B-52H Mission Planning Environment Team leads the way with solid software code
By Kevan Goff-Parker, 72nd Air Base Wing Public Affairs
/ Published June 11, 2018
TINKER AIR FORCE BASE, Oklahoma --
One of Team Tinker’s specialized software groups, the B-52H Mission Planning Environment team, is leading the way in developing new, solid software code and guidance for upgrades to the 1950s-era “workhorse,” the B-52H Stratofortress bomber.
The B-52H MPE team is made up of 35 computer scientists and engineers who are responsible for the software lifecycle of the B-52s for the U.S. Air Force. The team falls under the leadership of the Oklahoma City Air Logistics Complex’s 76th Software Maintenance Group and its 557th Software Maintenance Squadron.
David Renfroe, 557 SMXS mission planning flight chief, said 76 SMXG's B-52H MPE Version 7.1 went through a combined development and operational testing event at Barksdale AFB in northwest Louisiana.
Crewmembers and testers from the 45th Test Squadron and 28th Test Squadron verified that all nuclear mission planning software requirements were met with no issues or deficiencies. The MPE hosted on the Joint Mission Planning Software will replace the existing Air Force Mission Support System-UNIX (a multitasking software operating) system fielded in 2004.
Renfroe says his team has plenty invested in the B-52s’ software maintenance success, as well as upgrading software on other platforms, including the B-1, B-2, E-3 and E-8 platforms.
“For our very first release, we actually had cybersecurity red and blue teams come in and test the cyber quality of our code,” Renfroe said.
In military terms, “red team” is used traditionally to identify organized and highly skilled groups pretending to be fictitious enemies or rivals against the regular forces, which are identified as the “blue team.” The red team tests the force readiness of the blue team through simulated cyber-attacks.
“We had the Air Force Operational Test and Evaluation Center come in and test and they found absolutely no deficiencies in anything we were doing,” Renfroe said “I think that attests to the character, the capabilities and the dedication of our personnel. Anything that we put into the software we want to ensure it works right the first time, that it is going to put the right weapon on the right target and that it is getting the aircrews what they need to complete their missions worldwide.”
He said demands of the B-52 continue to increase, whether it is for global or theater presence, to influence policy or for actual combat missions. The B-52H MPE team understands the B-52 is used every day by aircrews around the world.
“The B-52H MPE is a key component required to implement the U.S. Strategic Command and the Nuclear Warfare Center’s strategic nuclear plan because it provides B-52 pilots and navigators with the tools and information needed to execute their mission as a primary component of the Department of Defense’s nuclear triad,” Renfroe said.
“We take great pride in knowing that what we’re putting out for the warfighter is going to meet their needs, that it is going to meet their capabilities and it is going to get them what they need to accomplish their mission,” Renfroe said.
Clint Hladik, the director of 557 SMXS, said he believes that the organic support provided by 76 SMXG’s 557 SMXS and its B-52H MPE team means that each group that works on the B-52 is considered to have “a part in the mission, much like an everyday active-duty person.”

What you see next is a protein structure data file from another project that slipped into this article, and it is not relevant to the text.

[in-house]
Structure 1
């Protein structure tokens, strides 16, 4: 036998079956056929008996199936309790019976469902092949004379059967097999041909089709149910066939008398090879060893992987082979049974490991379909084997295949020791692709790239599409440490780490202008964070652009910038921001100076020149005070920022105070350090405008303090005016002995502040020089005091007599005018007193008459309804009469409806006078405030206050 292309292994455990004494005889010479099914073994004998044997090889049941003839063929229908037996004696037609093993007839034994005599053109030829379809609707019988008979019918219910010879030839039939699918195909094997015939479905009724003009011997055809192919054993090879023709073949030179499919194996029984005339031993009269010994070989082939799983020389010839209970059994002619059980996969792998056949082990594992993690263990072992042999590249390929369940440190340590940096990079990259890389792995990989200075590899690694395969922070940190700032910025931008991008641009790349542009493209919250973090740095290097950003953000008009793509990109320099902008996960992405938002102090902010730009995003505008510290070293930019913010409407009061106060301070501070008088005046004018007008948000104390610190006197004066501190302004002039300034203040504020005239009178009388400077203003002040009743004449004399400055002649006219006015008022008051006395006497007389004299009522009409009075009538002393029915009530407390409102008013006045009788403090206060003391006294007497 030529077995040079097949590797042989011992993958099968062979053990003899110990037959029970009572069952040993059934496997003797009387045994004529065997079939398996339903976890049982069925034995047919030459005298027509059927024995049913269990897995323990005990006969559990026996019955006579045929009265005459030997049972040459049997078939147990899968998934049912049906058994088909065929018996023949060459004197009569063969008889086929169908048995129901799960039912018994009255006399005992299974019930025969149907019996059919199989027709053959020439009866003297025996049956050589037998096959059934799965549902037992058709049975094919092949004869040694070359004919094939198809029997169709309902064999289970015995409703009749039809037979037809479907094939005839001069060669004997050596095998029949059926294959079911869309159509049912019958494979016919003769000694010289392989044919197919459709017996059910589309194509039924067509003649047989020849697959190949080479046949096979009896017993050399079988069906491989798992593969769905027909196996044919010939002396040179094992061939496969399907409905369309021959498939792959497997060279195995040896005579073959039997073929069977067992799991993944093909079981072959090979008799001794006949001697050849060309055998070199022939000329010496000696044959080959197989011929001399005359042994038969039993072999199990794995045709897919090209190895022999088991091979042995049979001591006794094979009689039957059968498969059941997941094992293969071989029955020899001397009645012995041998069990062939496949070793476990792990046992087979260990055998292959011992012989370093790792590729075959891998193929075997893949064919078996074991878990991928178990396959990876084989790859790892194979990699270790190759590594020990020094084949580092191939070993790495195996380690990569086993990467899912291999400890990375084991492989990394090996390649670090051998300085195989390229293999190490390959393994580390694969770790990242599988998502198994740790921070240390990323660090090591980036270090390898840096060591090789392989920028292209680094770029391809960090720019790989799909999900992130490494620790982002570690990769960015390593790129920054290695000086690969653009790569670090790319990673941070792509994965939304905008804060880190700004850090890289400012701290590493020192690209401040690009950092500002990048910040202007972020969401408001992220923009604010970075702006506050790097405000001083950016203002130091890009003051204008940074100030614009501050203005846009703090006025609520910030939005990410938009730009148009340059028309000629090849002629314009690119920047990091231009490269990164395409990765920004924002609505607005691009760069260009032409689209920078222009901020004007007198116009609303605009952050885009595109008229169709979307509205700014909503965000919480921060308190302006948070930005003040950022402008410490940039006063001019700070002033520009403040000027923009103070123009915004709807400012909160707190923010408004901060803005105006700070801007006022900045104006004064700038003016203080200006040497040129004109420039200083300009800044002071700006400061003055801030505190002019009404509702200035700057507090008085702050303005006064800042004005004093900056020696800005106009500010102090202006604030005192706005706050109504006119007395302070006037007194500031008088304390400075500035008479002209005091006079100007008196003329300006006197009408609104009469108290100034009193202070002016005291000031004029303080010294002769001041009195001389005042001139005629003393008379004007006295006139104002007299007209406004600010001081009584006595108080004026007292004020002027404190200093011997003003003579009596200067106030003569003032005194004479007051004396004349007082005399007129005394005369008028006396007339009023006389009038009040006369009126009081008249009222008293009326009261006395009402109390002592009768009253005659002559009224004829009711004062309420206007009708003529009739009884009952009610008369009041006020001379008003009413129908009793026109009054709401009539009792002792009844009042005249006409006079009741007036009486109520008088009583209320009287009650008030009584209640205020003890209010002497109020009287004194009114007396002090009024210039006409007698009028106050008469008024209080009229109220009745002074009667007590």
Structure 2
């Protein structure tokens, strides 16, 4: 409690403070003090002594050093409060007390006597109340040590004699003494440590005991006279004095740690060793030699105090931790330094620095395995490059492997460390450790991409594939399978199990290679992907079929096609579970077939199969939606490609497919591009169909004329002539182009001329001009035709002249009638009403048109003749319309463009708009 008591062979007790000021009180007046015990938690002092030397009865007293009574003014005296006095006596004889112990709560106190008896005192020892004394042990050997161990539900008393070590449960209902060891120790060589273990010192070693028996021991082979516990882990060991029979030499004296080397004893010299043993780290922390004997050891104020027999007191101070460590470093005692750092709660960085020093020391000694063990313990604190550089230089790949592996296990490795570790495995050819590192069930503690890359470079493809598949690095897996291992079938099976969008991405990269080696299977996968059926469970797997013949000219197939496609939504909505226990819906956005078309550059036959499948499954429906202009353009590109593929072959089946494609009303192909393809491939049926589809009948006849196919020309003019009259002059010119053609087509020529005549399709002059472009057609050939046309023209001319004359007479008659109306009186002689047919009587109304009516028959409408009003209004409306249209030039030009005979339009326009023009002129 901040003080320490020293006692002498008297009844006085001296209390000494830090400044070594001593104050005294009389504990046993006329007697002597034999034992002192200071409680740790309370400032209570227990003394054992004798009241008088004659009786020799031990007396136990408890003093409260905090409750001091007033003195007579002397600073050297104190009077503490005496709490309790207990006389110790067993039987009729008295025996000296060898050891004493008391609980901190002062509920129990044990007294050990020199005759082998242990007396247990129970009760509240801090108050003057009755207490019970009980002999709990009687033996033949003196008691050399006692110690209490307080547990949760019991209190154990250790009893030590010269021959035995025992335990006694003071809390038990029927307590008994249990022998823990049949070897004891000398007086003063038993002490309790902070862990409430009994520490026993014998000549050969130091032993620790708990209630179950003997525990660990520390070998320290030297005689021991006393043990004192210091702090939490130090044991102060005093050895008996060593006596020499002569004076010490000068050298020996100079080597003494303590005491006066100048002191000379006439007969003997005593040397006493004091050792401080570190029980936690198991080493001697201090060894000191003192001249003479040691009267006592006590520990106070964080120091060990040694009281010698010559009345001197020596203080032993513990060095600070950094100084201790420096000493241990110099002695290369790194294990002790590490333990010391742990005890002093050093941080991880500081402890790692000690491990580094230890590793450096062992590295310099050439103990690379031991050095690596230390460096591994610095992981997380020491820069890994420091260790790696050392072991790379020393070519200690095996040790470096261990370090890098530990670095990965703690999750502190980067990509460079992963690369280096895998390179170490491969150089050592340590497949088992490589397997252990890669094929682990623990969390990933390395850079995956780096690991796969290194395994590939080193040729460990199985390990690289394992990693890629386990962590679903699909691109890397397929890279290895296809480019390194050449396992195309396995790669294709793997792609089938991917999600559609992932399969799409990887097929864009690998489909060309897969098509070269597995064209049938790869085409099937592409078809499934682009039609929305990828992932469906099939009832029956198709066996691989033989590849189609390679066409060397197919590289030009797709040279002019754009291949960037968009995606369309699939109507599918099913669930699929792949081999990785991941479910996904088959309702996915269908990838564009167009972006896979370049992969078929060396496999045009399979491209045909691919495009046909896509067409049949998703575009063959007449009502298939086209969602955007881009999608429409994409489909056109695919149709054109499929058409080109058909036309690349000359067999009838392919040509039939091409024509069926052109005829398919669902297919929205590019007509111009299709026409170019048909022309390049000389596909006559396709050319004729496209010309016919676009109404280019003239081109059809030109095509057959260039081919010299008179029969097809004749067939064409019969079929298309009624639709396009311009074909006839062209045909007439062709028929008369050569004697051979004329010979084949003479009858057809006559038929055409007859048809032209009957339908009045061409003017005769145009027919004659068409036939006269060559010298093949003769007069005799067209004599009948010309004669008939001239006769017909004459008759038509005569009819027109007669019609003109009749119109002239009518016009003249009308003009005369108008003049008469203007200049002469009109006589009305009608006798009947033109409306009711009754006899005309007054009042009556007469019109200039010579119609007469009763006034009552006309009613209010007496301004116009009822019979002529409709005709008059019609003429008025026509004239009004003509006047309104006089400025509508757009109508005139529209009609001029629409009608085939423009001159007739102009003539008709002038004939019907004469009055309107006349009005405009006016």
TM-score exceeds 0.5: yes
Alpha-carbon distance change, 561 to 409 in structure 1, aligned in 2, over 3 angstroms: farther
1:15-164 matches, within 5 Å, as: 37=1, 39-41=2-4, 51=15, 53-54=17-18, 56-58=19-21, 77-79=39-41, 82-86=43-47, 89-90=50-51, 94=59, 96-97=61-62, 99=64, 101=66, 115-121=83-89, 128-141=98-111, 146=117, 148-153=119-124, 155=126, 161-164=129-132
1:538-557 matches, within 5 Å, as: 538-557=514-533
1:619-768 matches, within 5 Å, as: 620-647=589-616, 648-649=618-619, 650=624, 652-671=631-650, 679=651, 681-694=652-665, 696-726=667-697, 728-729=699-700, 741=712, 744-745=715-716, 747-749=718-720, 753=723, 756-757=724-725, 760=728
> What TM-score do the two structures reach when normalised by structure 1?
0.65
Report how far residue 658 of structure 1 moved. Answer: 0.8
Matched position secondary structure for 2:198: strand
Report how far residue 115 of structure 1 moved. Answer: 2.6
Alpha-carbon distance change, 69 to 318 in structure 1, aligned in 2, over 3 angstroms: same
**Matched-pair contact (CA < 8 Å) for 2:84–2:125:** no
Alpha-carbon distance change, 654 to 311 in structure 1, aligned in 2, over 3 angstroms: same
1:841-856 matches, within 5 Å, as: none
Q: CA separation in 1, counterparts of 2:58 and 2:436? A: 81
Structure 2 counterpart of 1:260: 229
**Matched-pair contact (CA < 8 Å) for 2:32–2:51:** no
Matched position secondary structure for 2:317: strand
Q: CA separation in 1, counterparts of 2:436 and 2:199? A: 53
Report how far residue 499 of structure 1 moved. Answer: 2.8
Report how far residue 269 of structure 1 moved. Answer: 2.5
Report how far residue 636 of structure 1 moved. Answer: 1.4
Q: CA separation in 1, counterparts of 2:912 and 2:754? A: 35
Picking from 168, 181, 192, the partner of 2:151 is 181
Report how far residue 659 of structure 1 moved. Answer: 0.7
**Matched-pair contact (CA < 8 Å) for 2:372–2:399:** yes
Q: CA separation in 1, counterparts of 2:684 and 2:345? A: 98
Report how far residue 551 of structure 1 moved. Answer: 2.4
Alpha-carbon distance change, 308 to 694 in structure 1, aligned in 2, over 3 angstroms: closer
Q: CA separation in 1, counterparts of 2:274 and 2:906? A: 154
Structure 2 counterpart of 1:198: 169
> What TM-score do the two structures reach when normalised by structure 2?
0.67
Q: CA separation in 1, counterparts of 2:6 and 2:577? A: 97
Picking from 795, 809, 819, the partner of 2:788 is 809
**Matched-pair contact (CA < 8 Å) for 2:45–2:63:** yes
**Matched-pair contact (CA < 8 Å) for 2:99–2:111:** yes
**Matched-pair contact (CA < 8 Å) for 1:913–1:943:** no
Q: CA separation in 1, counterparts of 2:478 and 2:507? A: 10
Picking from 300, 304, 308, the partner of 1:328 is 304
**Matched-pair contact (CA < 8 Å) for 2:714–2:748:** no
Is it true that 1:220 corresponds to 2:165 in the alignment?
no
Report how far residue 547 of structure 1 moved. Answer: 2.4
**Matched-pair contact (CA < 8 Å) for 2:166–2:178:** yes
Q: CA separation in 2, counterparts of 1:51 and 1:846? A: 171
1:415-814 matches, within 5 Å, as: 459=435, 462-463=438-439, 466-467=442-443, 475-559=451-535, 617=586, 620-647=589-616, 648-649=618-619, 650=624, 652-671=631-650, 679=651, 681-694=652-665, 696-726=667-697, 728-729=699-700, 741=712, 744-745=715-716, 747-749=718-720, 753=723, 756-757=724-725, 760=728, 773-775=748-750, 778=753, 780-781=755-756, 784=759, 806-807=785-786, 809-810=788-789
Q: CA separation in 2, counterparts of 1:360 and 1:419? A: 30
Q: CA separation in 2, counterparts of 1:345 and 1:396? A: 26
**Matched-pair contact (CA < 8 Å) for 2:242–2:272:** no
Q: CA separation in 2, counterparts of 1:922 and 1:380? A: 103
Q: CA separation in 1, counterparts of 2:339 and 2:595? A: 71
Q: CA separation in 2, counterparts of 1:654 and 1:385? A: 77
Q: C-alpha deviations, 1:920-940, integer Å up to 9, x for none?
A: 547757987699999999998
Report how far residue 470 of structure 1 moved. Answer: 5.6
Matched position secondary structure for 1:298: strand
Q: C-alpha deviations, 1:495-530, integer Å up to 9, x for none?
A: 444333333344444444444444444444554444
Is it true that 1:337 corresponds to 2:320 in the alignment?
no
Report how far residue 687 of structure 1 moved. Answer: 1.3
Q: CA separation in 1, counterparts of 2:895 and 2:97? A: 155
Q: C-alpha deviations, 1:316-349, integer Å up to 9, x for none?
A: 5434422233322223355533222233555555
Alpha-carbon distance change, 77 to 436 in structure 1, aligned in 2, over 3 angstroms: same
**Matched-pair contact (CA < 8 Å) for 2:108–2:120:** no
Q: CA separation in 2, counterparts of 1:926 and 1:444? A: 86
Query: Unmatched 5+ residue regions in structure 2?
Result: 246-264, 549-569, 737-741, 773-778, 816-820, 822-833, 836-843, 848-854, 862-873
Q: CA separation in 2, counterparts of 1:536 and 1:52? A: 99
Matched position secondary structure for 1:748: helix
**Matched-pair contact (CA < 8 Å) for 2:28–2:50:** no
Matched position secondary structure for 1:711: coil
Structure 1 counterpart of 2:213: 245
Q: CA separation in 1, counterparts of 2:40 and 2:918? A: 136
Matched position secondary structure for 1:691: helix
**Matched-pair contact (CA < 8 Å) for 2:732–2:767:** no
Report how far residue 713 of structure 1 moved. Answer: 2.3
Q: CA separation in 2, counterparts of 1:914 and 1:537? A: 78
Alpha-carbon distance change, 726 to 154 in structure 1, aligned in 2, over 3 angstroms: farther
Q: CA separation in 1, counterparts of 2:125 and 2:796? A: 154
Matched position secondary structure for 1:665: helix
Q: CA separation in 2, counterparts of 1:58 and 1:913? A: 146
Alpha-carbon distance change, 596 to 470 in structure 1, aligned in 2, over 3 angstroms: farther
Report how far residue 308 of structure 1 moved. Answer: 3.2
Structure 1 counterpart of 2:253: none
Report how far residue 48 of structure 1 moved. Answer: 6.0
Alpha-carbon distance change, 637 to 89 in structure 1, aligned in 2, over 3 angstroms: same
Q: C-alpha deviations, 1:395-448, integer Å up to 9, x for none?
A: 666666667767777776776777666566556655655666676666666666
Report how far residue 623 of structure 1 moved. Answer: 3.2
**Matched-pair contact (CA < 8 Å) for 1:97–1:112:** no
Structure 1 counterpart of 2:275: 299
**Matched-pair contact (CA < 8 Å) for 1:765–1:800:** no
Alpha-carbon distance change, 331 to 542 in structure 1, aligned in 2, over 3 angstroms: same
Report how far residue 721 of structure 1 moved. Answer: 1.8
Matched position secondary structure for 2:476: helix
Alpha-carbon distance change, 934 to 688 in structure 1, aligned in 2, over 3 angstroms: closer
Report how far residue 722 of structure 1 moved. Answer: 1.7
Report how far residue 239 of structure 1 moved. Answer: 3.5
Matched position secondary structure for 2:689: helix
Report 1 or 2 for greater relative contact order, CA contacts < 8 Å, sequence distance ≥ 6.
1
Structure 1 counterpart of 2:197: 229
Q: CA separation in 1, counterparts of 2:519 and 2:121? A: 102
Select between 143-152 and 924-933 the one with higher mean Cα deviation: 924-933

“Everyone works extremely hard and to have zero finds by an independent investigation, that’s pretty huge,” Hladik said.
He said the B-52H MPE team’s FY 2017-18 revision cost approximately $6 million.
Renfroe said B-52 bombers, flying since the 1950s, are still considered a “workhorse” in the USAF. Overall, that means constant modernization in its weapons, engines and all the technical upgrades that are needed as it is being updated, yet again, during its long mission life.
“Everything is changing on the B-52s now that they’ve extended its service life,” Renfroe said. “We are one of the very few entities that do mission planning software organically. Most mission planning software is contracted out to Northrop, Boeing or one of the other major contractors out of Hanscom AFB.
“About 10 years ago, we were doing software sustainment work on the legacy system in integration testing, when we were approached in 2010 to organically transition to a brand-new mission planning software called ‘Joint Mission Planning System.’ We were not asked to re-host, but to rewrite the software for the B-52. We took on that project and released our first organic release in 2014, integrating all the conventional weapons systems on the B-52.
“Our next major task working with Global Strike Command and USSTRATCOM was to integrate all of the nuclear capabilities for the B-52 into the JMPS platform.” He said the MPE team writes the software that allows aircrews to plan fuel loads, routes to get to their target areas, weapon loads, release points, target points and “anything you can think of to get the plane from point A to point B,” and drop their weapons on the correct target.
“We write the software that integrates all that for the B-52 and manage the B-52’s software requirements, including the management and design through integration and test,” Renfroe said. “The team’s Avionics Integration Support Facility provides a full set of testing tools that allows the team to integrate the planning products with the B-52 avionics and cruise missile hardware before being used on the jet. Everything we do has to be very, very precise.
“Fortunately, we have an incredible group of personnel of both computer scientists and engineers, who are very dedicated to making sure that what they write into the software is actually working and is of an incredible code quality."